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FROG - VENOUS SYSTEM: 1) External Jugular Vein. 2) Innominate Vein 3) Subclavian Vein 4) Pulmonary Vein 5) Hepatic Vein 6) Renal Vein 7) Gonadial.Vein 8) Dorso-Lumbarvein 9) Renal Portal Vein 10) Femororenal Vein 11) Pelvic. Vein 12) Femoral Vein 13) Sciatic Vein 14) Lingual Vein 15) Mandibular Vein 16) Internal Jugular Vein 17) Sub Scapular Vein 18) Brachial Vein 19) Musculo Cutaneous Vein 20) Cardiac Vein 21) Hepatic Portalvein 22) Anterior Abdominal Vein FROG - VENOUS SYSTEM: 1) External Jugular Vein. 2) Innominate Vein 3) Subclavian Vein 4) Pulmonary Vein 5) Hepatic Vein 6) Renal Vein 7) Gonadial.Vein 8) Dorso-Lumbarvein 9) Renal Portal Vein 10) Femororenal Vein 11) Pelvic. Vein 12) Femoral Vein 13) Sciatic Vein 14) Lingual Vein 15) Mandibular Vein 16) Internal Jugular Vein 17) Sub Scapular Vein 18) Brachial Vein 19) Musculo Cutaneous Vein 20) Cardiac Vein 21) Hepatic Portalvein 22) Anterior Abdominal Vein
Scoliodon commonly called as shark fish is a poikilothermic (cold blooded) animal. It is cartilaginous fish. Rana (frog) is also poikilothermic and amphibious animal. The circulation of blood in vertebrates is of closed type. The blood vessels which collect blood from various parts of the body are known as veins. The walls of the veins are thin and possess valves. Their lumen is wide. They collect deoxygenated blood from different parts of the body and carry to the heart. The veins are formed by means of capillaries in the respective tissues or organs. The deoxygenated blood first enter into the sinus venosus which is the part of the heart. The portal veins are having capillaries at their both ends. The pulmonary veins possess oxygenated blood.
1. The venous system comprises a system of large thin walled sinuses which collect blood from the different body organs 1. The venous system comprises of thin walled tubular veins.
2. It consists of the following systems i) Anterior cardinal system ii) Posterior cardinal system iii) Hepatic porta! system iv) Ventral veins vi) Cutanecious system 2. It is divided into i) Anterior system of veins ii) Posterior system of veins iii) Portal systems.
3. The anterior cardinal system and the interior jugular sinuses collect blood from the head region through a number of sinuses. 3. The blood from the head region is collected by a pair of precoval veins. Each precaval vein is formed by External jugular, innominate and subclavian veins.
4. The blood from gills is collected by five pairs of dorsal nutrient sinuses and five pairs of ventral nutrient sinuses. 4.The blood from the lungs is collected by a pair of pulmonary veins.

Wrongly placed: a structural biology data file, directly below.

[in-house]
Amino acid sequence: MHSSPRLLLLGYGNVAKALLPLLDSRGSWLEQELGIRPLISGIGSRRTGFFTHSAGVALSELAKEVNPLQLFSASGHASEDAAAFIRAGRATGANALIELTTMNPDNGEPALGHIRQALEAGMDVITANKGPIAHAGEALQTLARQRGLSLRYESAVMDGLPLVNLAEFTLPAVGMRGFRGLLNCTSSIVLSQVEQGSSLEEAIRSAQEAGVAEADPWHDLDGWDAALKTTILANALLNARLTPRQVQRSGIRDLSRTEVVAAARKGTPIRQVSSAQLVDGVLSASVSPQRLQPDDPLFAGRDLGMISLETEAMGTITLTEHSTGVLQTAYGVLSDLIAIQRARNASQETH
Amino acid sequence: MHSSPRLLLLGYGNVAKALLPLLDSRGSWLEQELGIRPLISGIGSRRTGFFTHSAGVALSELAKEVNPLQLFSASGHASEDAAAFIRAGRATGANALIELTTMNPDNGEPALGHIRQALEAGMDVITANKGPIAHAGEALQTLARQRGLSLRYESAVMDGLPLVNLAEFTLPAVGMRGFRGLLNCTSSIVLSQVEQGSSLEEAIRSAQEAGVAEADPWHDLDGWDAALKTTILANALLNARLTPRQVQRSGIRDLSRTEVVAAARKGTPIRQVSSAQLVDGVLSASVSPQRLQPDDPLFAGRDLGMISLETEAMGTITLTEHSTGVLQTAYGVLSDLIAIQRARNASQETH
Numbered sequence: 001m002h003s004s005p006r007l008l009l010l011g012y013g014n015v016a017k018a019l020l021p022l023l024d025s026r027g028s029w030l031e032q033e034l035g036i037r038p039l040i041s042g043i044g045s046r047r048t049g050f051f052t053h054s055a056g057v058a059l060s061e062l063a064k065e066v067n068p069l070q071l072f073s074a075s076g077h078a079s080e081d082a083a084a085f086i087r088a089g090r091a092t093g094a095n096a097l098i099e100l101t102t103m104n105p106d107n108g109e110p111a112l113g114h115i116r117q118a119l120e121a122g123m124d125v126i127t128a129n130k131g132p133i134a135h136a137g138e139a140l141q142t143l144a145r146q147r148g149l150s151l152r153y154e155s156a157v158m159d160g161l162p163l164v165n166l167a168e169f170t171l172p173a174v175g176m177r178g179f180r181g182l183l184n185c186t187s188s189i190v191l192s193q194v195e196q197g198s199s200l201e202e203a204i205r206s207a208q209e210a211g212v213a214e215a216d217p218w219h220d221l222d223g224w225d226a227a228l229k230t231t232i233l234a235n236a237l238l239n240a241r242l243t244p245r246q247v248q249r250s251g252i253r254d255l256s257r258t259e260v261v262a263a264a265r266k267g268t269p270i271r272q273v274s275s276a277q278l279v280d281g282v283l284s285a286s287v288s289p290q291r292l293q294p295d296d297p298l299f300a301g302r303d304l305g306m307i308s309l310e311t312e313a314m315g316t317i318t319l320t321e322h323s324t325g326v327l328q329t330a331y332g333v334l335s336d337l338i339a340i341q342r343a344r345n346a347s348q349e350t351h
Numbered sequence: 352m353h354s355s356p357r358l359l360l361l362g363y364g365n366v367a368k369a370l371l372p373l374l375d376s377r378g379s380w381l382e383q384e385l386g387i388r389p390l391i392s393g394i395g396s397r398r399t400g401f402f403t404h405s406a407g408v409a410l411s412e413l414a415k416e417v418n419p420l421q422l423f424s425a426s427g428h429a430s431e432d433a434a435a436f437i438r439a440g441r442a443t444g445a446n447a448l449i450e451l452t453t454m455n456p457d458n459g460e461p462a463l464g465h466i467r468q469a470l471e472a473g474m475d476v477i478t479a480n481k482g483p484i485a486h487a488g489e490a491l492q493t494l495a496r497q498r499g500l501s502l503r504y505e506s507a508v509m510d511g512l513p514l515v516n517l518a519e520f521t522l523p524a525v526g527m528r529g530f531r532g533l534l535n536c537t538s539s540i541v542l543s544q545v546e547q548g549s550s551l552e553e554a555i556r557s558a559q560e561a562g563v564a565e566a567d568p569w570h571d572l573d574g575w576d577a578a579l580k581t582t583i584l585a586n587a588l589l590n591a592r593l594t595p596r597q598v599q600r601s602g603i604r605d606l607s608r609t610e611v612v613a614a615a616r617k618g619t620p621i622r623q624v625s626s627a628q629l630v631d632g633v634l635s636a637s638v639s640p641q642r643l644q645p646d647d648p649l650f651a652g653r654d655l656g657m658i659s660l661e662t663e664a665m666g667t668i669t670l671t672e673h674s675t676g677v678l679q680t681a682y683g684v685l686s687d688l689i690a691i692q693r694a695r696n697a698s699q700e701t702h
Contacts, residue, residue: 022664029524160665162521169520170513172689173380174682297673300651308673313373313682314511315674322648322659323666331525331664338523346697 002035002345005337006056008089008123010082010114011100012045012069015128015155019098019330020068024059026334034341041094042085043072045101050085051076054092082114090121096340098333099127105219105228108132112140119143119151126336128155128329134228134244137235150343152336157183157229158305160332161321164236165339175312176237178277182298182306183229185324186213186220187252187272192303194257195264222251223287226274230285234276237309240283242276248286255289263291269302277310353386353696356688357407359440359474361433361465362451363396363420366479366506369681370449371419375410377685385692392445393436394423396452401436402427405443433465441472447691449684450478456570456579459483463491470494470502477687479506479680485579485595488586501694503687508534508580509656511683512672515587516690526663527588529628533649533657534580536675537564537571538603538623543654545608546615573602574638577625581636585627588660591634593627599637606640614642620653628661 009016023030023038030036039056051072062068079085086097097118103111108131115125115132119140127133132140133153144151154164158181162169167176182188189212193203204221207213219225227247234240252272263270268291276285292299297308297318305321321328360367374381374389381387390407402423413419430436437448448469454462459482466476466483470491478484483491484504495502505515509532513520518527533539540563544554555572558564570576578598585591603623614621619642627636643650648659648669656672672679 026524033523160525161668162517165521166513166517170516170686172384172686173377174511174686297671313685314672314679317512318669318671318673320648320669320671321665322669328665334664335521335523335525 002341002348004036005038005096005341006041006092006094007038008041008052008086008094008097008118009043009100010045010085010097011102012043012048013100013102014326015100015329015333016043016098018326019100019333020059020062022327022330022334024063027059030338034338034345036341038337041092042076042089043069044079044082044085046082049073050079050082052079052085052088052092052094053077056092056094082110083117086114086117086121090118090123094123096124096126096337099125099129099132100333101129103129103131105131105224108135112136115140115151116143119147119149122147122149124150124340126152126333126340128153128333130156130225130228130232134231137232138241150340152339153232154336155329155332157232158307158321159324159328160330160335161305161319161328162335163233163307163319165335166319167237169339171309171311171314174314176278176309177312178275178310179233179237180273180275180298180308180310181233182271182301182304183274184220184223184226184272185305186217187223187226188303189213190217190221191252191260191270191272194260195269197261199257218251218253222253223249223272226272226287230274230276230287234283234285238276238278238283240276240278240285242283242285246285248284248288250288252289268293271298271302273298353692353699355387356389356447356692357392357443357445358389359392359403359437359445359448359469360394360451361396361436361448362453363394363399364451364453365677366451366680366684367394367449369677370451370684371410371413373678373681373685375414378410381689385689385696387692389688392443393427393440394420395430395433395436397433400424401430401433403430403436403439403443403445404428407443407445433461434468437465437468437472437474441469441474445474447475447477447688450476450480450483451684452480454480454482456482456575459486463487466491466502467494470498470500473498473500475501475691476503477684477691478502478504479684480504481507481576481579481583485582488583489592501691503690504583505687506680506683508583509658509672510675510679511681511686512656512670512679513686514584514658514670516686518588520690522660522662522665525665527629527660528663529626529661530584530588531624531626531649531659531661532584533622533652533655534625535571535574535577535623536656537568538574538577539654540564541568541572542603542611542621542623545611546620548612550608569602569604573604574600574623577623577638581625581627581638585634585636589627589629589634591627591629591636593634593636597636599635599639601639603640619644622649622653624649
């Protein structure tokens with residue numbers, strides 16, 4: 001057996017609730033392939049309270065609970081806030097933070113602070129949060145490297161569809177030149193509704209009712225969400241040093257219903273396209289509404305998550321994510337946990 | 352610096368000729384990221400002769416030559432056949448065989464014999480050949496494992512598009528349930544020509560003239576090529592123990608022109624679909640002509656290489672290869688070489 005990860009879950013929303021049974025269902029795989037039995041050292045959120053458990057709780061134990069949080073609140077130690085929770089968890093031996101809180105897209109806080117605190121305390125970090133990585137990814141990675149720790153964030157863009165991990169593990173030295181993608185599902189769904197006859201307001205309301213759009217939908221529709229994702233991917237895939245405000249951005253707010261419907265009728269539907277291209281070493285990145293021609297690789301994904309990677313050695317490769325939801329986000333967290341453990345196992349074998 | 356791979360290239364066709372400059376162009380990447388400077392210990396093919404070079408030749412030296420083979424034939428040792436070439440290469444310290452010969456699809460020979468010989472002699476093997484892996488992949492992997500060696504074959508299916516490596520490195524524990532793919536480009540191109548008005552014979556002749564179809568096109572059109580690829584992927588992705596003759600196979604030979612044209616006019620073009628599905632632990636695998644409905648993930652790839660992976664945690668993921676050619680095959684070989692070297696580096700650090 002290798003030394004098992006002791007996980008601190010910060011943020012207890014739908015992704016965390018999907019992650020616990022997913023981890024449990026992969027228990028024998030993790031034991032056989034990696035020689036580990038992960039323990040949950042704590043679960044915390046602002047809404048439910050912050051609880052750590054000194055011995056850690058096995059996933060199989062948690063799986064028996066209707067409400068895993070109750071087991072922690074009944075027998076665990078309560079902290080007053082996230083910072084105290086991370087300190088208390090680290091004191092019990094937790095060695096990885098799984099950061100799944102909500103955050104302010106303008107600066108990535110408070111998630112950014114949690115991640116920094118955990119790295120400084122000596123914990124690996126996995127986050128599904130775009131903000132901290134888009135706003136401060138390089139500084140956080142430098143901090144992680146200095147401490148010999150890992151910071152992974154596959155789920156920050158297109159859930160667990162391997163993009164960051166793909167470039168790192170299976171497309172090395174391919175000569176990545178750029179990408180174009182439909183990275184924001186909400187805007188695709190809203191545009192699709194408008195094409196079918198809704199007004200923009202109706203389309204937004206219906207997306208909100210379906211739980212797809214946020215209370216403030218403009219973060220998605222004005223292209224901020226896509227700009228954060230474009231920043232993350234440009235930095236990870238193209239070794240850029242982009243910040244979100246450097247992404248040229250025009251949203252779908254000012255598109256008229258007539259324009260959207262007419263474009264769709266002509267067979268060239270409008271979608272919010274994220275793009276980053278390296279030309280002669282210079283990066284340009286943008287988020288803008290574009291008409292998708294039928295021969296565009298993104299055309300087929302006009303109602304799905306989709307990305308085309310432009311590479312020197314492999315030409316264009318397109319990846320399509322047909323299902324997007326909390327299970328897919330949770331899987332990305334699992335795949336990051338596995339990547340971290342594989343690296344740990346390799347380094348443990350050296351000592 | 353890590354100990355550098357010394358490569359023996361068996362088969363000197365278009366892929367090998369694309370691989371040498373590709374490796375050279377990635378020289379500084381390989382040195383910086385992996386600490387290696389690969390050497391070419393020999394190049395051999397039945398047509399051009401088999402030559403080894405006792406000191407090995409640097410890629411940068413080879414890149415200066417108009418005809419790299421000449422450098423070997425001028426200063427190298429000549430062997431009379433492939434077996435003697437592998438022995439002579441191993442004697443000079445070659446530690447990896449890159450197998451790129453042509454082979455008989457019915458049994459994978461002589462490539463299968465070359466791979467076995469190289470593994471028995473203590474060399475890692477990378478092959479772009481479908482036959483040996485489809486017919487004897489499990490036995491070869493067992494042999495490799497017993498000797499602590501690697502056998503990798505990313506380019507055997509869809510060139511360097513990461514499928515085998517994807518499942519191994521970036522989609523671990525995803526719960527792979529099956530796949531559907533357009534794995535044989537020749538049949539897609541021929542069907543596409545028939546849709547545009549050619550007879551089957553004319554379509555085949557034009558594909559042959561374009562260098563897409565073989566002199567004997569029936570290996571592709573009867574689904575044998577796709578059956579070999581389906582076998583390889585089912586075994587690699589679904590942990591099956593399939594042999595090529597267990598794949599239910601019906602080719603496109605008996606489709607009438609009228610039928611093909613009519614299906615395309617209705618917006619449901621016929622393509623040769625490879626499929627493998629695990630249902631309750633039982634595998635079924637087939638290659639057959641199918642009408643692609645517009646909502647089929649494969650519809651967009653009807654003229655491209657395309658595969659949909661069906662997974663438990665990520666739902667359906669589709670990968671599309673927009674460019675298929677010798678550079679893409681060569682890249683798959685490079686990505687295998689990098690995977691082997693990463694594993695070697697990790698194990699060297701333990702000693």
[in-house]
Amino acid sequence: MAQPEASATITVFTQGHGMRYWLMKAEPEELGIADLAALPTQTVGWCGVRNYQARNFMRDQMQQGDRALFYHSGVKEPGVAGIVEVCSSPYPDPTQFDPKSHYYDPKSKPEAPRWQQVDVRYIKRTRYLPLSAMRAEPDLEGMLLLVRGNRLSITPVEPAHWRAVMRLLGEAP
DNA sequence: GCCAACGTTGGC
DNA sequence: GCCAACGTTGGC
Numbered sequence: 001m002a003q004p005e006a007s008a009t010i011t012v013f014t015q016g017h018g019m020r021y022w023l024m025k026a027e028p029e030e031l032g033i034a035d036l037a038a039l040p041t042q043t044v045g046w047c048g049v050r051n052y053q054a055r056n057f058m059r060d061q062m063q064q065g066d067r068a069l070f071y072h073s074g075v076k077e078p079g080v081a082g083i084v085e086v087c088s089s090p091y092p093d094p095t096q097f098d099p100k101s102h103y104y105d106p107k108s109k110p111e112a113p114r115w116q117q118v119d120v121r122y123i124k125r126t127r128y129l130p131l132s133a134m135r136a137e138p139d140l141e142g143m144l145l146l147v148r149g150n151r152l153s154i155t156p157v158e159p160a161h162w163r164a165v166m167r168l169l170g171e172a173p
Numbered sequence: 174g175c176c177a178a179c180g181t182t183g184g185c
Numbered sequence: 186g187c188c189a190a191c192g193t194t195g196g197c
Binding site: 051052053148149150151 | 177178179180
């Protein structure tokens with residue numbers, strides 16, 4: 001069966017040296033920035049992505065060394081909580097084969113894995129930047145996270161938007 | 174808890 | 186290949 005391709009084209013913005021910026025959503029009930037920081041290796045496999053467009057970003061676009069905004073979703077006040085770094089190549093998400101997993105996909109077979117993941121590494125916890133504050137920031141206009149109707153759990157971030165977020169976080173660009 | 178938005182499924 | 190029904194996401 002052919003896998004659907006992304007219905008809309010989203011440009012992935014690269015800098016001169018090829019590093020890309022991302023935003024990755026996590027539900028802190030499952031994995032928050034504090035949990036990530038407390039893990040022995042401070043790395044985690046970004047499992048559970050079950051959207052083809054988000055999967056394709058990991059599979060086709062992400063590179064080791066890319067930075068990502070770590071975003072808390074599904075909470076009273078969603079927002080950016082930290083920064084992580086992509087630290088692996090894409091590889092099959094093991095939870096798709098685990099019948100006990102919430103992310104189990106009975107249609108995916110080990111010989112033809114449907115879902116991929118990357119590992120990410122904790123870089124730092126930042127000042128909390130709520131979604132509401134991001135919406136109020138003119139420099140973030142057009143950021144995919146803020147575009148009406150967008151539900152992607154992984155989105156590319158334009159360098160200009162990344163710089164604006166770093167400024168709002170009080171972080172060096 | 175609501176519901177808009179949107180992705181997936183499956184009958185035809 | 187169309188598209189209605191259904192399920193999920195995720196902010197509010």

5. The nutrient sinuses carry deoxygenated blood. 5. The pulmonary veins carry oxygenated blood.
6. The nutrient sinuses empty into anterior cardinal and interior jugular sinuses which inturn open into the ductus cuvieri. Thus the blood finally carried to the sinus venosus. 6. The pulmonary veins open into the left auricle.
7. From the posterior part of the body the blood is collected by i) a pair of posterior cardinal sinuses ii) a pair of lateral abdominal veins iii) a pair of brachial veins. 7. The blood from the posterior part of the body is collected by i) renal portal system and ii) Post caval vein.
8. The renal portal system includes the caudal vein and the renal postal veins & Iliac veins. The blood from the pelvic fins is not carried to the kidneys. 8. The renal portal system consists of veins hind limbs i.e. femoral, sciatic and renal portal veins. The caudal vein is absent.
9. It is absent. 9. A part of the blood from the hind-body is transported to the liyer by an anterior abdominal vein.
10. The blood from the kidneys is collected by renal veins which open into posterior cardinals, opening into the cuvierian sinus. 10. The blood from kidneys is collected by four pairs of renal veins which open into the post caval vein.
11. The brachial veins join the lateral abdominals to form sub clavian veins which open into the ductus cuvieri. 11. The brachial veins open into the precaval veins particularly into the subclavian veins.
12. Three pairs cutaneous veins collect blood from the muscles of skin and open into the cardinal sinuses, lateral abdominals and brachial veins. 12. The cutaneous veins are only one pair which join with muscular & brachial and finally open into the subclavian veins.
13. The venus blood does not enter the sinus venosus directly. But it is collected first by the cuvierian sinus present transversely. 13. The blood collected by the two precavals and one post caval veins directly enters into the sinus venosus.
14. The blood from the parts of the alimentary canal is collected by the Hepatic portal vein and empties into the liver and from there it is transported by Hepatic sinuses into the sinus venosus. 14. The Hepatic portal vein collects blood from the different parts of the alimentary canal and empties into the liver. From the blood is transported into the sinus venosus through the hepatic veins and post caval vein.